WEEK IN REVIEW
SENATE APPROVES TEACHER GUN TRAINING BILLS
|Also this week: Greenville Senator Bob Deuell passed a bill that would expand the rights of patients and their families when making decisions about life-sustaining treatment.|
(AUSTIN) — Two bills aimed at training teachers how to deal with school shooters passed the Senate this week. These bills are the result of a session-long effort to find a way to deal with the increased threat of gun violence at schools, highlighted by the Newtown, Connecticut school shooting last December. The very first hearing of the 83rd session was a joint hearing to consider plans on how to make schools safer, and the bills passed this week are the culmination of that effort.
The first bill, SB 1857 by Senator Craig Estes of Wichita Falls, would create a special training program for teachers and other school employees on how to deal with an active school shooting. The Department of Public Safety would be tasked with creating this program, which must include training in the protection of students, on how an armed concealed carry license holder should interact with the police during an active shooter situation, ways to keep intruders out of the classroom, and training to improve accuracy under duress.
The next bill would provide some funding to send district employees to concealed carry training at no cost to the district. SB 17, by Houston Senator Dan Patrick, would create a fund that would offset the training cost of up to two district employees for a concealed carry license.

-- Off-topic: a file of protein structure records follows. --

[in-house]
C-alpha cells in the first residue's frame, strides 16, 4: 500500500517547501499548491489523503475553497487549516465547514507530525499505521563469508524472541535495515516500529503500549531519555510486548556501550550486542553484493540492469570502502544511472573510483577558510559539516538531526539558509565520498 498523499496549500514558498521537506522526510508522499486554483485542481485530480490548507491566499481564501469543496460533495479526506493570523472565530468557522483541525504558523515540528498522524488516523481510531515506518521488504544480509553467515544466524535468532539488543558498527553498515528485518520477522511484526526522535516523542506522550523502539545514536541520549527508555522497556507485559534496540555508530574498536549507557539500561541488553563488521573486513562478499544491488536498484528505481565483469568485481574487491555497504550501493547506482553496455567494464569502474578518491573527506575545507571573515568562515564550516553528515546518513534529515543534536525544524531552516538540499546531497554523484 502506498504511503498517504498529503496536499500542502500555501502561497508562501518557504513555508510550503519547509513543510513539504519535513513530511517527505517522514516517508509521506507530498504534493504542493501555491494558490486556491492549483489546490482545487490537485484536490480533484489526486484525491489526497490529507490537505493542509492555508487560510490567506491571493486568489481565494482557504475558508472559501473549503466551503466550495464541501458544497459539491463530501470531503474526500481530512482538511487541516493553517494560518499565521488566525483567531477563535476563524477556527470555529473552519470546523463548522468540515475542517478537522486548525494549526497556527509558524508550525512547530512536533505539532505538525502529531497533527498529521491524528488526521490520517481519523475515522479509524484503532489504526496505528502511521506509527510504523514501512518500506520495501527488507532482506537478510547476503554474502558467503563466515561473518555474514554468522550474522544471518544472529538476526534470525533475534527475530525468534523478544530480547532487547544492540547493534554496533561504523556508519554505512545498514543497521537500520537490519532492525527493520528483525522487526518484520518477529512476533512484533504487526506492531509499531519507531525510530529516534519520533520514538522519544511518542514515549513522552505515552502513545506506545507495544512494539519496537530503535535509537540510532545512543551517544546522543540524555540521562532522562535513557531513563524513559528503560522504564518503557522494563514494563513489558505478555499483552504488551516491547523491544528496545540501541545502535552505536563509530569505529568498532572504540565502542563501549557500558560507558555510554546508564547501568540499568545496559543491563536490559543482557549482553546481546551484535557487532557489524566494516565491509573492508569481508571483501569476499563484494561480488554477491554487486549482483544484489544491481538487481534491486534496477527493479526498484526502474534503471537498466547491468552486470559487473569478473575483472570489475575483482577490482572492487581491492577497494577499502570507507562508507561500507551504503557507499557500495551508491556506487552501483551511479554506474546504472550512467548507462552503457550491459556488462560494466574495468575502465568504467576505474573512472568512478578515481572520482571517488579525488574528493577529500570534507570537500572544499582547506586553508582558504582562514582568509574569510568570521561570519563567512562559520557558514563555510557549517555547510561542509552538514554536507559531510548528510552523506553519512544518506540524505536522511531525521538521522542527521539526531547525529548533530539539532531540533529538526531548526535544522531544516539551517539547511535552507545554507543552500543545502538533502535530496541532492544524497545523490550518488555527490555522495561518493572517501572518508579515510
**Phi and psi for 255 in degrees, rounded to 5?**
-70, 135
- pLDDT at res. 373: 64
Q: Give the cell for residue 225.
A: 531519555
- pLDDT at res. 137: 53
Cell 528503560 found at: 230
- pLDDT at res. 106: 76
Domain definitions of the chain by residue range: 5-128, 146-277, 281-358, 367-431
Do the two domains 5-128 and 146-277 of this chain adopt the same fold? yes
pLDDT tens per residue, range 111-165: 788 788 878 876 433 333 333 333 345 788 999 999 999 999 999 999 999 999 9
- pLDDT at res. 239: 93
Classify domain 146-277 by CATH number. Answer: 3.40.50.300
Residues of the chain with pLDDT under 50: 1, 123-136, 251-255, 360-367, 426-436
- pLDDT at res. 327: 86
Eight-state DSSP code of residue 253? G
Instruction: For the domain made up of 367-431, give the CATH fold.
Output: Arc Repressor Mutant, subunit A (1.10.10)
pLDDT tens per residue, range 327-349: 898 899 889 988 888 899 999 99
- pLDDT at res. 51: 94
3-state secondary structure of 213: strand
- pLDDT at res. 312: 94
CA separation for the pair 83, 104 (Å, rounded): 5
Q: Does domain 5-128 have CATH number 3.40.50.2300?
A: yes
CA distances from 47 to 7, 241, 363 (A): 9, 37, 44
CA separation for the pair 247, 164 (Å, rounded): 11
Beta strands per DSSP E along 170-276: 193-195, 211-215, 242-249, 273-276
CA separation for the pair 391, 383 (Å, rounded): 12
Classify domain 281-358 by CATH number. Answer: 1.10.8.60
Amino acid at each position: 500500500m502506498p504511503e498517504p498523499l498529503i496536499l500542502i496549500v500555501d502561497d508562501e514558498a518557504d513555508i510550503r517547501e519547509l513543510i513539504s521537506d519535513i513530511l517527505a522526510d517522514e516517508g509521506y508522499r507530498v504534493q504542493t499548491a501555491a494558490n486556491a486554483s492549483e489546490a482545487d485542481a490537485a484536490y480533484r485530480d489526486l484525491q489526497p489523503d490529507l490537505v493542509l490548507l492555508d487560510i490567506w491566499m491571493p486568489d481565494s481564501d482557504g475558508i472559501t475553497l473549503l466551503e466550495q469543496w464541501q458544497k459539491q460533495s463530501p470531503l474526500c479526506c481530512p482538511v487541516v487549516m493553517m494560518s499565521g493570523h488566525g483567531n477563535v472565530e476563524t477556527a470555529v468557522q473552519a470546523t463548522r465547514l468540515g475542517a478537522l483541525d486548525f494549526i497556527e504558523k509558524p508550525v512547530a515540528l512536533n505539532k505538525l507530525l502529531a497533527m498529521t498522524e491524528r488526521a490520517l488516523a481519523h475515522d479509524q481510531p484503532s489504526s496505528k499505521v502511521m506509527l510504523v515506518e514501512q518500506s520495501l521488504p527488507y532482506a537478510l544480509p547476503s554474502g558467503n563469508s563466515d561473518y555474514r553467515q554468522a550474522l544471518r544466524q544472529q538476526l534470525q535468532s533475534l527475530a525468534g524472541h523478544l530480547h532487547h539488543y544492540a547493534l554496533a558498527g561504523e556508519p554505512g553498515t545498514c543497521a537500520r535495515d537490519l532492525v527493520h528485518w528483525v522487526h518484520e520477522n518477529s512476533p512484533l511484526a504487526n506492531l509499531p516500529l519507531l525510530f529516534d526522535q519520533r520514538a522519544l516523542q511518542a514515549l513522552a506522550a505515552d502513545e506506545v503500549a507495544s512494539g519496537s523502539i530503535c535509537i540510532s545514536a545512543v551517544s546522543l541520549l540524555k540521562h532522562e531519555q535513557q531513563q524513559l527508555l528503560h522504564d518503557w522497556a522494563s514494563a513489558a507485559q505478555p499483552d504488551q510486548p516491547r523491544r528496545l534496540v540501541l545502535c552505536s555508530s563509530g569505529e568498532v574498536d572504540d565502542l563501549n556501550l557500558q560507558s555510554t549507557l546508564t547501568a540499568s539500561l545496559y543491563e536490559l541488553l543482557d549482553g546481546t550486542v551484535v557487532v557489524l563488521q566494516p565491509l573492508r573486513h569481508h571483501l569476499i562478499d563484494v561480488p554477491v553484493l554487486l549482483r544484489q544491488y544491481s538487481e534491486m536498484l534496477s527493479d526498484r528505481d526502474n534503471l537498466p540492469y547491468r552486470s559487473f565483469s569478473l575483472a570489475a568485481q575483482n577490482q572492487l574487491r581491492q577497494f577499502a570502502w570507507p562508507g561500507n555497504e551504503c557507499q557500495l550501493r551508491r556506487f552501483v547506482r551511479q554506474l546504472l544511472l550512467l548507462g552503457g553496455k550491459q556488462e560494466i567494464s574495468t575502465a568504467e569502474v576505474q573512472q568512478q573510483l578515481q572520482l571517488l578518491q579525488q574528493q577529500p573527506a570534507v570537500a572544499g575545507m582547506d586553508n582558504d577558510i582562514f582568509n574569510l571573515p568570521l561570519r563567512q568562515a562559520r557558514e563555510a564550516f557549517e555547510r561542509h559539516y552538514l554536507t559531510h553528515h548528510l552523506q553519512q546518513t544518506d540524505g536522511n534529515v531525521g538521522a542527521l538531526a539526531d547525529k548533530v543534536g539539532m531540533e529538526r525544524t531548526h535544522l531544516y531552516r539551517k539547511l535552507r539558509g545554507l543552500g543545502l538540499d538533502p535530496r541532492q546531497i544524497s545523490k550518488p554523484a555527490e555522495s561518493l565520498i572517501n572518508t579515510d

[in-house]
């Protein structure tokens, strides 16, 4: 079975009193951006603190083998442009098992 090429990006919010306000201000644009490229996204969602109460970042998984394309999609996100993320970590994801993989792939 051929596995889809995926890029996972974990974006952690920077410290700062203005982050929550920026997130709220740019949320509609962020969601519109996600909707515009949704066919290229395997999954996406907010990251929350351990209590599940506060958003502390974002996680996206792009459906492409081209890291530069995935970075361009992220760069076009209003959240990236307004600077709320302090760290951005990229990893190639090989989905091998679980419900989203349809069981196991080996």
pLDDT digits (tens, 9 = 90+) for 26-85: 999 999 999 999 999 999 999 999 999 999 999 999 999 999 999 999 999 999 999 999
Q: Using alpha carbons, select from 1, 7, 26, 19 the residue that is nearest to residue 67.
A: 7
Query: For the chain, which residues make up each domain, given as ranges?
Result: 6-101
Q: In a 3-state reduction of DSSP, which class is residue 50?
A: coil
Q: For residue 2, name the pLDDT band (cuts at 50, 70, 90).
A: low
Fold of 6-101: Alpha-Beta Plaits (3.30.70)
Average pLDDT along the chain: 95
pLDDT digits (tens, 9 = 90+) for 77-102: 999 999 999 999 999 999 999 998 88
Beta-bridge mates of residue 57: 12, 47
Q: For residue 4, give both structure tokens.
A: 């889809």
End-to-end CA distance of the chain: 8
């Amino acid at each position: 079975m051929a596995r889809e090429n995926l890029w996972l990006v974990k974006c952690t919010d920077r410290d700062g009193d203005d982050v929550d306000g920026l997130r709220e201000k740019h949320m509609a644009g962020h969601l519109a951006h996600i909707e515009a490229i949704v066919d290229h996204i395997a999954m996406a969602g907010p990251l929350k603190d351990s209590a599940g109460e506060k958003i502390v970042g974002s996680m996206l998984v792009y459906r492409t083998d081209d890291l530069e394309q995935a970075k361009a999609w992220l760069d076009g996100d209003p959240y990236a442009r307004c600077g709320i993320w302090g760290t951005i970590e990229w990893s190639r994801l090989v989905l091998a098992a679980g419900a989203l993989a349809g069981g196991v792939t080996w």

Under current state law, there is no prohibition for a district employee licensed to carry a concealed firearm to come to campus armed. There are already a handful of districts in the state that have a system in place to have armed employees at schools, with more considering it. The bills passed this week would only make it easier to train teachers and other employees on how to deal with an active shooter and other violent incidents at schools, but these bills don't change laws related to who can carry where.
Also this week, Senate committees moved two key House bills, sending them to the full body for a floor vote. The first of these is HB 5, which would change graduation standards for Texas High School seniors. This bill is being sponsored by Education Committee Chair Dan Patrick and is the companion bill to his SB 3. The bill would do away with the current three-tiered system of high school graduation and replace it with a single diploma. Students could choose an endorsement plan, where they tailor their own course load to reflect what they want to do after high school, whether that be further education or entering the workforce.
The second bill, HB 4, came out of the Natural Resources Committee Tuesday, and it would create the framework to administer a fund to pay for water infrastructure in the state. Nearly identical to its Senate version, the bill sponsored by Senator Troy Fraser of Horseshoe Bay would create the state water infrastructure fund of Texas. This fund would be overseen by the Legislature, and would be responsible for identifying and approving new water projects in the future. Actual money for the fund would come from a separate bill. Governor Rick Perry and legislative leadership have indicated that this money, about $2 billion, would come from the state's Rainy Day Fund.
The Senate will reconvene Monday, April 22 at 2 p.m.